Hundreds of his photos, taken between 1880 and 1919, have been digitised from the glass plate negatives by QUT Library. They depict life in Brisbane, North Queensland, and other parts of the world at the turn of the century, just when photography was becoming accessible to the at-home enthusiast. His subjects include early Brisbane cityscapes, local shopkeepers at their work, portraits of his family, and even a young girl’s backyard birthday party.

Image: Children’s party in the grounds of the Herston residence, Coralyn, ca. 1907

Image: Petrie Bight showing National Hotel and Customs House, Brisbane, 1900

Artefacts on display include glass-plate negatives, L’Estrange’s wooden Harrington & Co camera, lab equipment for preparing photographic chemicals, and lantern slides that would have been used with a gas-lit early form of projector.

Come in to Kelvin Grove library and check out the displays on Level 2 (underneath the central staircase) and Level 4 (between the fire stairs and the printers).

 

“Grounded in truth, walk together with courage” Reconciliation Week: 27 May – 3 June

Resilience - Rachael Sarra 2018

QUT will be celebrating Reconciliation Week with a number of events for students and staff. There are film screenings, badge making and art projects to get involved in at Kelvin Grove and Gardens Point during that week. Find out about the events here.

 

In fact, the festivities kick off on Friday 24 May with a Quiz Night. All proceeds are going to Indigiso, QUT’s Indigenous Student Club, to help send a team to the Indigenous Nationals in Perth, a multi-sport competition. Go with a team or as an individual and meet some new people. Bookings can be made here.

For those of you wanting to know more about reconciliation with our indigenous Australians, QUT Library has a variety of resources available to borrow or use online. This is one of the best ways to be grounded in truth so that you can walk together with courage.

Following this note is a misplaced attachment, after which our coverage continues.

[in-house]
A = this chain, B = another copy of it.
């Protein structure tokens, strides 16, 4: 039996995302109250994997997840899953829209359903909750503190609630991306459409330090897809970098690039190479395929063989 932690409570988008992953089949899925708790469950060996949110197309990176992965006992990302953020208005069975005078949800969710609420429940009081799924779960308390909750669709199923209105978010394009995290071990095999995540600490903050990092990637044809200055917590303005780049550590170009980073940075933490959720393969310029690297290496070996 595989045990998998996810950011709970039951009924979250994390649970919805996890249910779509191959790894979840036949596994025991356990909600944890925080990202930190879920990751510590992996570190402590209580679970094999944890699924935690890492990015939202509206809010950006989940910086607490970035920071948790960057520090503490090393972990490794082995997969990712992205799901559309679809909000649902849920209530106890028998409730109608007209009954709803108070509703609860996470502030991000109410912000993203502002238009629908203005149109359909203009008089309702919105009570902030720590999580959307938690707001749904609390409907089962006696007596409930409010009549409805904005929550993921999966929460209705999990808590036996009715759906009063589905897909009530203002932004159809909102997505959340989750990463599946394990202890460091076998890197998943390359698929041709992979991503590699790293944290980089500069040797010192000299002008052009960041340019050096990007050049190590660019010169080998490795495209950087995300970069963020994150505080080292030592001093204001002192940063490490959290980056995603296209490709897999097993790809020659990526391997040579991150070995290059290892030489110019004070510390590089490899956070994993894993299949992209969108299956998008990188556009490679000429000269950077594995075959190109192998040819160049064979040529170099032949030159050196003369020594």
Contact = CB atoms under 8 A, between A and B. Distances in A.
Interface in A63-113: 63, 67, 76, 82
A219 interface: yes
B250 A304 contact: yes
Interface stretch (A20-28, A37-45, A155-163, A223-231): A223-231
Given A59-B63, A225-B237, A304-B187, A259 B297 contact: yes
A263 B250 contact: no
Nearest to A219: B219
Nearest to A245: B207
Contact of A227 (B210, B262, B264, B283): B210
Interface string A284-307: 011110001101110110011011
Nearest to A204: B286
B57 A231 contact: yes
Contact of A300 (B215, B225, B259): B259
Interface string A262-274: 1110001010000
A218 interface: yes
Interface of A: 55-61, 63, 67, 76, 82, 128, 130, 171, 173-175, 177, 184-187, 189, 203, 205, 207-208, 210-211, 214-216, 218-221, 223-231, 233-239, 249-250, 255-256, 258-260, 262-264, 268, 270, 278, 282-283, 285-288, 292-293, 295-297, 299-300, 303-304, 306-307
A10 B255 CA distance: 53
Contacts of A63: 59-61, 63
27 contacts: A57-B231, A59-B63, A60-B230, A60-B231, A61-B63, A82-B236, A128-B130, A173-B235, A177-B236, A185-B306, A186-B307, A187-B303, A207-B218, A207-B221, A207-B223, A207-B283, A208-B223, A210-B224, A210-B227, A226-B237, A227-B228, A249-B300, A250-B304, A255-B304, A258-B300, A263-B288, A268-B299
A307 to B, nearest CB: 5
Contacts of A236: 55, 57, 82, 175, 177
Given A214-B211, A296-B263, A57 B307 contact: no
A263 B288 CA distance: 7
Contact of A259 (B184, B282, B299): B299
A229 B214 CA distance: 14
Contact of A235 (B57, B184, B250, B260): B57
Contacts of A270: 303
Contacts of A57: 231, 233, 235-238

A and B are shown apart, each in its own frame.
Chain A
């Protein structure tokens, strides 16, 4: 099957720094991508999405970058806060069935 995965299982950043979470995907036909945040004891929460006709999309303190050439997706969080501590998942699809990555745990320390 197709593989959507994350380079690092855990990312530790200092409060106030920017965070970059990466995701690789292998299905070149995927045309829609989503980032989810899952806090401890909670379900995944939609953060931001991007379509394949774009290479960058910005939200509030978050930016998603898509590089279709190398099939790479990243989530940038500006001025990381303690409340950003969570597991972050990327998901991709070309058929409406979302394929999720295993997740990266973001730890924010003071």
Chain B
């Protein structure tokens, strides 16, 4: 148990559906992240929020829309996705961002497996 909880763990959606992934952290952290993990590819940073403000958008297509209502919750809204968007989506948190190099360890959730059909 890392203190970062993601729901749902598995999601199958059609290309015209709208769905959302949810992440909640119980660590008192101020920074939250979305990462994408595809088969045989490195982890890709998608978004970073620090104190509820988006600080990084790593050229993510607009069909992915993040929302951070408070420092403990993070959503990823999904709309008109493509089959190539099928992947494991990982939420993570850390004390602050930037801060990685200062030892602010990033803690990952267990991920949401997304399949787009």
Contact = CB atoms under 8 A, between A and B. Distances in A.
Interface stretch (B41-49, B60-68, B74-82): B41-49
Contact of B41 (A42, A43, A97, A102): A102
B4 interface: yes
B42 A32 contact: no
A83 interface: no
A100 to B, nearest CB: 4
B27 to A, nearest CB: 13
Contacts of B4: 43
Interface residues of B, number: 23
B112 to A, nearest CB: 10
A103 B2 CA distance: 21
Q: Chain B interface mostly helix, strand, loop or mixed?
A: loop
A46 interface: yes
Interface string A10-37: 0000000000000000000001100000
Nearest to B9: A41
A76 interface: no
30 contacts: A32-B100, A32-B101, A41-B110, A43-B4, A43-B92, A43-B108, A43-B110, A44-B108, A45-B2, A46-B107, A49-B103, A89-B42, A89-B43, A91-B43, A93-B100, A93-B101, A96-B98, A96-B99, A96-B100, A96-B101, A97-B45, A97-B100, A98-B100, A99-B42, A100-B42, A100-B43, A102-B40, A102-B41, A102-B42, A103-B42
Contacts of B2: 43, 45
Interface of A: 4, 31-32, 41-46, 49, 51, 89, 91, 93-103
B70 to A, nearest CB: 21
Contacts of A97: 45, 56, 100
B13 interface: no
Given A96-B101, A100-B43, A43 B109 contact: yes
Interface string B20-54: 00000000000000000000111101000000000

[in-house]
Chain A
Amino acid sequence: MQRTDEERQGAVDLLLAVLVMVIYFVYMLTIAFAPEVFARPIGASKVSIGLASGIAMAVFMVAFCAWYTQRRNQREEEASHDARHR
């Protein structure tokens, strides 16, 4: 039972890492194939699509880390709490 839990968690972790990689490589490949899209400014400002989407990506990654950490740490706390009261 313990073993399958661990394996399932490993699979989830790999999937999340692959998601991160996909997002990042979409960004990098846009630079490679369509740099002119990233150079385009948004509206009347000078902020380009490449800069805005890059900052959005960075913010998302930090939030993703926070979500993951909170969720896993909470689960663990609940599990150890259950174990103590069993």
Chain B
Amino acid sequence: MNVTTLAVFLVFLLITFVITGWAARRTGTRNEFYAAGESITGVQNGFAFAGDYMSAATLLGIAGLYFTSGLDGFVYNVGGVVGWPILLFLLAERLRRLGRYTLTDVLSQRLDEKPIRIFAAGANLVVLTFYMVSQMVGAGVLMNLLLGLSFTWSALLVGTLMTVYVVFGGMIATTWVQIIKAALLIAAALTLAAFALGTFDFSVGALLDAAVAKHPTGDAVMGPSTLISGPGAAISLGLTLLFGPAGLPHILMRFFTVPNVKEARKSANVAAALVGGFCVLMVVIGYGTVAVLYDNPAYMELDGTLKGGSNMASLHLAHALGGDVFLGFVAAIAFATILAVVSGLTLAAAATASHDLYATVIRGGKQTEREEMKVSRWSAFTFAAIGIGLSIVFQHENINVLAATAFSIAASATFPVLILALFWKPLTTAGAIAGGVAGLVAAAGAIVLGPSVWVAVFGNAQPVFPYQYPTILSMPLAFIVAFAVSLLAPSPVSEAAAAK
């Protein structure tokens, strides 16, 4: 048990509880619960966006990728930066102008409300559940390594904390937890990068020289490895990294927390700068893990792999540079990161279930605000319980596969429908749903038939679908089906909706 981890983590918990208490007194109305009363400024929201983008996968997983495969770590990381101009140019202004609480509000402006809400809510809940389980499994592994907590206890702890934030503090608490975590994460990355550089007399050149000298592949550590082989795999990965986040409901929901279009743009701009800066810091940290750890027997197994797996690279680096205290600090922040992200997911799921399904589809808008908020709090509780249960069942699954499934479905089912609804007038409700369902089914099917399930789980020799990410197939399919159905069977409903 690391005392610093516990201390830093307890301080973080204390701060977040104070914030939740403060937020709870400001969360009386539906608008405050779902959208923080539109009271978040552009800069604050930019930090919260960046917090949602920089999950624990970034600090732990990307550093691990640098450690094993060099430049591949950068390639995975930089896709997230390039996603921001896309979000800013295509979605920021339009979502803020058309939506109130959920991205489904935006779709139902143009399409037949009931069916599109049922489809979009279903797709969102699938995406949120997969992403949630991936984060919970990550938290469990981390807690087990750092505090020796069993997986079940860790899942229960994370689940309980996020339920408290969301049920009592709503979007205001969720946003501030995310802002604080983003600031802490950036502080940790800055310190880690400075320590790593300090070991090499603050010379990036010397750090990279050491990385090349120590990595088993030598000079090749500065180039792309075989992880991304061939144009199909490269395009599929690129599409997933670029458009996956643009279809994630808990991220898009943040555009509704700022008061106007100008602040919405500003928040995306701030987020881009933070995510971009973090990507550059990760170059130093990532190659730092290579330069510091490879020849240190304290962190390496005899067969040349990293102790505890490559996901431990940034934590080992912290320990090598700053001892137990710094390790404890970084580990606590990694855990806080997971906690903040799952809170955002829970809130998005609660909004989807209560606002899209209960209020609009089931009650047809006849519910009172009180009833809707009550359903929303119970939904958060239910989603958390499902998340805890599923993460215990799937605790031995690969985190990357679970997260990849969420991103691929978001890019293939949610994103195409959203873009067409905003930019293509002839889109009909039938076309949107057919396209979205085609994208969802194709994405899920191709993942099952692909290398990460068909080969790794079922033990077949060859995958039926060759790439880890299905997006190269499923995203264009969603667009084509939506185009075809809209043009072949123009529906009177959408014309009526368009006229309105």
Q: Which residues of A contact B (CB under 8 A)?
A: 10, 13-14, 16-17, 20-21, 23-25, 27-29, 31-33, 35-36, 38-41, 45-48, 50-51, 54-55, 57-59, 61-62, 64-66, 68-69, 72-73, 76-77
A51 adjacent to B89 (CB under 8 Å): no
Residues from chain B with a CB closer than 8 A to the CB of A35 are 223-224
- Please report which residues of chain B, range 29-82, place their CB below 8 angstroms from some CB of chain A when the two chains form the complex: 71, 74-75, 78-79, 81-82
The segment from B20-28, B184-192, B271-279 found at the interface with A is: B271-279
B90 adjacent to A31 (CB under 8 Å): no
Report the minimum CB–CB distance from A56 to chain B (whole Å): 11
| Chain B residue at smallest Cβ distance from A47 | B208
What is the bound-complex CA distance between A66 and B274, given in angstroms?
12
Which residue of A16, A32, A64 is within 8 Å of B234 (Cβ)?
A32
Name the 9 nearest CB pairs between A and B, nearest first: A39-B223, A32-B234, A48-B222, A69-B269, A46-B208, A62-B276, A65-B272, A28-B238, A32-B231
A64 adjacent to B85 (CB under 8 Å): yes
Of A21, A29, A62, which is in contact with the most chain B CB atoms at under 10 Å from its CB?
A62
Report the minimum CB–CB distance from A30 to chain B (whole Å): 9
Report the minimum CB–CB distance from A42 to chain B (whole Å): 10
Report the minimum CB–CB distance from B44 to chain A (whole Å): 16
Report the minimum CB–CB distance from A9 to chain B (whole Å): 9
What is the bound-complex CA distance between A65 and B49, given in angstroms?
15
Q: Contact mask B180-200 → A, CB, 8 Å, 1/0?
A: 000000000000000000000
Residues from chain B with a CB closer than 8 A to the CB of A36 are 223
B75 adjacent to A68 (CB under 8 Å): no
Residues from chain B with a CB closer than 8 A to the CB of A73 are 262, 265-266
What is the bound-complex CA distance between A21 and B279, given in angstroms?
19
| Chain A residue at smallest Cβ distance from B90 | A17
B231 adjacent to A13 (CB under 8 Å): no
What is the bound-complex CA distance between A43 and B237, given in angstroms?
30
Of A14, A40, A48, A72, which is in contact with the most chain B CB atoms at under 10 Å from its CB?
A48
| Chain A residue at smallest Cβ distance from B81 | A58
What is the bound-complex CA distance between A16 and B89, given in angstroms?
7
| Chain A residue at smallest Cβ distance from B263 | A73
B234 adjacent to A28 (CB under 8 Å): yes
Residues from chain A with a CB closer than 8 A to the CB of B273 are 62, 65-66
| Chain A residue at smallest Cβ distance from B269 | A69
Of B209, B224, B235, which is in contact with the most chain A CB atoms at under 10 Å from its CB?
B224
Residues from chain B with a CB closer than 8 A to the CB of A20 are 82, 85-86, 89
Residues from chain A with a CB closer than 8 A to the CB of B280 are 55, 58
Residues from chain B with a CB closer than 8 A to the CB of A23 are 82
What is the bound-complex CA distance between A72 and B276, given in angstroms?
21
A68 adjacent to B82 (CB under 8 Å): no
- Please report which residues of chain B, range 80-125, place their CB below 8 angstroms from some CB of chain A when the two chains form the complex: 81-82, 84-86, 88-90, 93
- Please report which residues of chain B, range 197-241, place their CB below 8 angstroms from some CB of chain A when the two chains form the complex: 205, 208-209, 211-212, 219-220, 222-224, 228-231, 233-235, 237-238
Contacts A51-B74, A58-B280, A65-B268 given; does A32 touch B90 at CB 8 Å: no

Do you love the library? Or maybe you’ve never even used it before?

QUT Library is keen to hear what you think about our services and spaces. All staff and students are invited to provide feedback via the Library Client Survey.

We really value your feedback: it helps us understand what’s working and what could be improved.

And as a big thank you for taking 10 minutes out to answer the survey, you go into the running to win one of three $150 gift cards! See here for terms & conditions.

To take the survey, click here.

ANZAC Day 2019

“As the sun rose on 25 April 1915, Australian and New Zealand soldiers rowed towards the shores of Gallipoli and into history itself. Every year since, as the sun rises, Australians gather across the nation to remember their legacy, and the legacy of all those who have followed in their footsteps.” https://rslqld.org/Whats-On/ANZAC-Day

ANZAC Day in Australia is a day of great significance to many Australians. Many of us have had family members who have fought in wars and some who have died in those same wars. My great grandfather was one of those who fought and his photo (along with his brothers-in-arms) is on the wall at the museum in Gallipoli, Turkey. I think it was at that moment of seeing his face there in black and white, that it struck me what an awesome sacrifice our soldiers made and continue to make, for our freedom and peace. It still makes me quite emotional to think of these brave men and women, laying down their lives for me, for us.

ANZAC Day is also a day to remember all those who supported and cared for our troops, both in the warzones and at home. The medical staff, the administrative staff, supply and logistics departments, plus many more.  While they may not have seen combat, they certainly felt the effects of it.

If you’re interested to find out more about ANZAC Day and the history behind it, QUT Library has a range of different resources from videos, to articles, to puzzles and a whole lot more.

Even though ANZAC Day is a public holiday, QUT Library will be open to cater for your study needs.

This ANZAC Day, there will be services around the country and around the world, gathering to commemorate the soldiers who have served this country. Find out where there’s one near you.

Shrine of Remembrance, Ann Street Facade

Shrine of Remembrance, Ann Street facade